On the Campaign Against Antisemitism’s website, there is a fairly recent article written in typically gloating fashion concerning my prosecution (for singing songs) which states that Alison Chabloz is not ‘an important person’. Those at the CAA helm, on the other hand, clearly do consider themselves to be important, a fact outlined in numerous articles brimming with over-inflated rhetoric and self-praise. No holds barred when it comes to CAA’s own admissions to meddling with the authorities, producing yet more anti-white ‘Holocaust’ propaganda, currying favour with high-ranking government officials via social invitations and meetings during which the obvious aim is to influence chief constables, police and crime commissioners, judges and anyone else they can manipulate.
As far as I am aware, I am the only artist in modern British history to have been jailed for the heinous crime of composing and singing satirical songs which I uploaded to the Internet.
In four weeks time, my trial will take place in London and the three songs concerned will be screened in court. Two clips will show songs from my appearance at The London Forum in September 2016 in front of an audience of roughly 100 people who, considering the standing ovation I received at the end, clearly enjoyed my performance. The third clip is of a song which contains the word SATIRE in the title, which leads me to the point of this blog post.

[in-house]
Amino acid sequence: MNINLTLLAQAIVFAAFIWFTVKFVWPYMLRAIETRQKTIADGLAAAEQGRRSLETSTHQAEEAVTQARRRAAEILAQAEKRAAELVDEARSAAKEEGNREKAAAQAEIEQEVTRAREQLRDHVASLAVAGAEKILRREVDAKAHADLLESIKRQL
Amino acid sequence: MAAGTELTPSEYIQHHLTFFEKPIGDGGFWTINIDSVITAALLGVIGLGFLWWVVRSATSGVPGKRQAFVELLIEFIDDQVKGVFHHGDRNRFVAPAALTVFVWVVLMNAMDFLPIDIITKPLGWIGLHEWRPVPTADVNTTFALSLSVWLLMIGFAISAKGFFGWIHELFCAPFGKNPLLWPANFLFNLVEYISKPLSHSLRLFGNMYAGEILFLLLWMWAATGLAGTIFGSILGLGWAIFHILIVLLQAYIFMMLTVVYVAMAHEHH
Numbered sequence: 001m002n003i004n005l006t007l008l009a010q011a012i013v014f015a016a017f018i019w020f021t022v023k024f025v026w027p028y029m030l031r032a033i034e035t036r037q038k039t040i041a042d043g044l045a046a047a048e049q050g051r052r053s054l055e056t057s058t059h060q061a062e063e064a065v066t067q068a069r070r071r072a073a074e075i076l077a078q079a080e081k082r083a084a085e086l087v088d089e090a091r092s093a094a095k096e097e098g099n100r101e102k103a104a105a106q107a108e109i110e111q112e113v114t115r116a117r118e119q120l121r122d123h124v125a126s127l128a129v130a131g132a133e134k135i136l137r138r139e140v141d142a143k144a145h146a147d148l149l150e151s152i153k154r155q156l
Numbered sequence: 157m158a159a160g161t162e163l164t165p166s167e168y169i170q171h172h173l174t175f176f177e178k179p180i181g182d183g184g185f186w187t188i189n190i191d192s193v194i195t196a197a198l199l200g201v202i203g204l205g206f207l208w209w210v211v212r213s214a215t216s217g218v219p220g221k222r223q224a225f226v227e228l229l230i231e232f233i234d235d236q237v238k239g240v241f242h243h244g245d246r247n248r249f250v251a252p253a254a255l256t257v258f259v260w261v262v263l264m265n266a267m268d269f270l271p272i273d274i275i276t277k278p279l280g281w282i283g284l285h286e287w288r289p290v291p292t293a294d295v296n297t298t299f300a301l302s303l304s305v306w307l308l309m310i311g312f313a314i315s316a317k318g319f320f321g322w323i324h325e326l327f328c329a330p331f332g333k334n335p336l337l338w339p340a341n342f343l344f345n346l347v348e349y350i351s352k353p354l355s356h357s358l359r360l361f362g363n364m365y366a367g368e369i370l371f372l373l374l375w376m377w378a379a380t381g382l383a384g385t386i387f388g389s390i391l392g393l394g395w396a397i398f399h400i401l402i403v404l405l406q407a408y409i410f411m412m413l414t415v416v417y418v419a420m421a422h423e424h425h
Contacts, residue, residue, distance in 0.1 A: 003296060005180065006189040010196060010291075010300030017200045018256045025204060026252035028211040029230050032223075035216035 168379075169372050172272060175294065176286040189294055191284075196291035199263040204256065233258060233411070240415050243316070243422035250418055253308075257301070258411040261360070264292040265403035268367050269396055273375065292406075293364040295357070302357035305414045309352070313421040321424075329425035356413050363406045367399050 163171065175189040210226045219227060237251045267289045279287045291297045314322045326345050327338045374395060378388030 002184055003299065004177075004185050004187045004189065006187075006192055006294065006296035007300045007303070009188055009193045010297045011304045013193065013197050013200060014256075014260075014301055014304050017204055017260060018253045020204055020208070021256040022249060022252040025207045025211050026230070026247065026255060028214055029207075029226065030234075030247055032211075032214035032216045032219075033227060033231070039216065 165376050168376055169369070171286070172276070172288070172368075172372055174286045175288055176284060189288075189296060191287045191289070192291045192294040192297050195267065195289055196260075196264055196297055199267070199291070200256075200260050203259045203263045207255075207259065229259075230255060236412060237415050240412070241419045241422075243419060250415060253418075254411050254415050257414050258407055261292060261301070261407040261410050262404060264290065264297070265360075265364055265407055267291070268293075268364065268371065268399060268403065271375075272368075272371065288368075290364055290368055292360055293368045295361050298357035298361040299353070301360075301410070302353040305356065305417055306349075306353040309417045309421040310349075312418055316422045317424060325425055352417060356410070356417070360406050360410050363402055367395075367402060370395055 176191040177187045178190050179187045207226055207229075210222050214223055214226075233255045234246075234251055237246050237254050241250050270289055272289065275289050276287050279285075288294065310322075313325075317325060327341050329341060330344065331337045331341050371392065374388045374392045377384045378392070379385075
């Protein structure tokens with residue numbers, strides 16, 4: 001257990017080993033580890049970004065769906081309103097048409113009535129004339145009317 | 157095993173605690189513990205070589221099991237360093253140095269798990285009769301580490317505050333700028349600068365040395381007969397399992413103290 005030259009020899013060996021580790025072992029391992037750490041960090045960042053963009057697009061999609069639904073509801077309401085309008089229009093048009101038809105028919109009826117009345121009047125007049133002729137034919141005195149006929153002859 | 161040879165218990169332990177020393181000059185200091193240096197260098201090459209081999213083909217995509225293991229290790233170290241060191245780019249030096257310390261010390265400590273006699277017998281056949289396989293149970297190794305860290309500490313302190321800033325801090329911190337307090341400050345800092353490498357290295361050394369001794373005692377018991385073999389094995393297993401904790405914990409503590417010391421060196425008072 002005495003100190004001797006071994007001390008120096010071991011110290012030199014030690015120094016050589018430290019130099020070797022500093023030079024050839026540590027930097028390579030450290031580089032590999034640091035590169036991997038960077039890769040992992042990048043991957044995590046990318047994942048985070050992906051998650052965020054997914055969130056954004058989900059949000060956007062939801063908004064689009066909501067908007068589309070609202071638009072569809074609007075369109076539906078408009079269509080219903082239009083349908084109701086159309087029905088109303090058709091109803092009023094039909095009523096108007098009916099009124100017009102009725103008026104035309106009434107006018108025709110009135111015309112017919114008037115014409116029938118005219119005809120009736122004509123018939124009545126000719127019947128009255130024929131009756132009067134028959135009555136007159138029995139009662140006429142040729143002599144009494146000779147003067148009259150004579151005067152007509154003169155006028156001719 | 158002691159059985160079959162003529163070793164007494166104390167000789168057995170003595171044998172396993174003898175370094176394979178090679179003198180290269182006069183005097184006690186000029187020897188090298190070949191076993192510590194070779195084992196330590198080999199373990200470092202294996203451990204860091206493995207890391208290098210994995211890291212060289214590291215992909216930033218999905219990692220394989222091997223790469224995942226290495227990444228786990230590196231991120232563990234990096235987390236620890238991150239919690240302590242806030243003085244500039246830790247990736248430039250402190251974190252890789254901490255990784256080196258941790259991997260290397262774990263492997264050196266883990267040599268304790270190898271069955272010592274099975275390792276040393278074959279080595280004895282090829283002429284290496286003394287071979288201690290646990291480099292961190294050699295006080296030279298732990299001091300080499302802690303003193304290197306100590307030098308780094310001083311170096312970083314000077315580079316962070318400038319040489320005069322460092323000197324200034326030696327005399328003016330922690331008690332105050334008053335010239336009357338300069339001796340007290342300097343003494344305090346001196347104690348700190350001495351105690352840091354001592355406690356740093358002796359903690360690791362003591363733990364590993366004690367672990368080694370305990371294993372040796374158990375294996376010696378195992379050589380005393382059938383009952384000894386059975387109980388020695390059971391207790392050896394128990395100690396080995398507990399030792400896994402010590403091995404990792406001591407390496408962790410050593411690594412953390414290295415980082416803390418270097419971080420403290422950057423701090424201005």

Continuing from my previous post, as well as from the main topic of my recent videos, i.e. YouTube censorship, I feel it is necessary at this point to dwell somewhat on the double standards imposed by certain countries regards freedom of expression, especially when it comes to one particular historical event, namely, the ‘Holocaust’.
According to Wikipedia, 22 nations have laws which forbid either explicit denial of the ‘Holocaust’ or else denial of genocides in general. Although the list in part mirrors YouTube’s censored list, there are several notable exceptions: Russia, Spain, Portugal, Liechtenstein and Bosnia and Herzegovina. Why are these nations resistant to YouTube’s legal complaints? And how come Bulgaria, Croatia, Estonia and the United Kingdom figure on the list when these countries do not have any anti-revisionist laws?
Subjected to further censorship on YouTube, in this video I have translated a recent upload by Vincent Reynouard who helps us understand why revisionism is crucial to the struggles we face.
I re-uploaded the intro to my original video which has now been censored by YouTube, including in my home country the United Kingdom. In anticipation of my adversaries making a fraudulent complaint, I prepared a separate short clip, instructing viewers who want to continue watching to go to BitChute where the full version is now uploaded with revised subtitles in the French-spoken sections.
Link to full version also below. Please feel free to download, share, mirror and use on your platforms.
Asides attempting to secure a conviction by arguing that a hyperlink posted to a blog page constitutes sendinggrossly offensivematerial, the prosecution will also have to persuade the judge that the content of my songs is indeed grossly offensive.
A difficult task, when there exists no legal definition of grossly offensive, not to mention an array of examples which would suggest that it is I, myself, who is being targeted rather than my songs.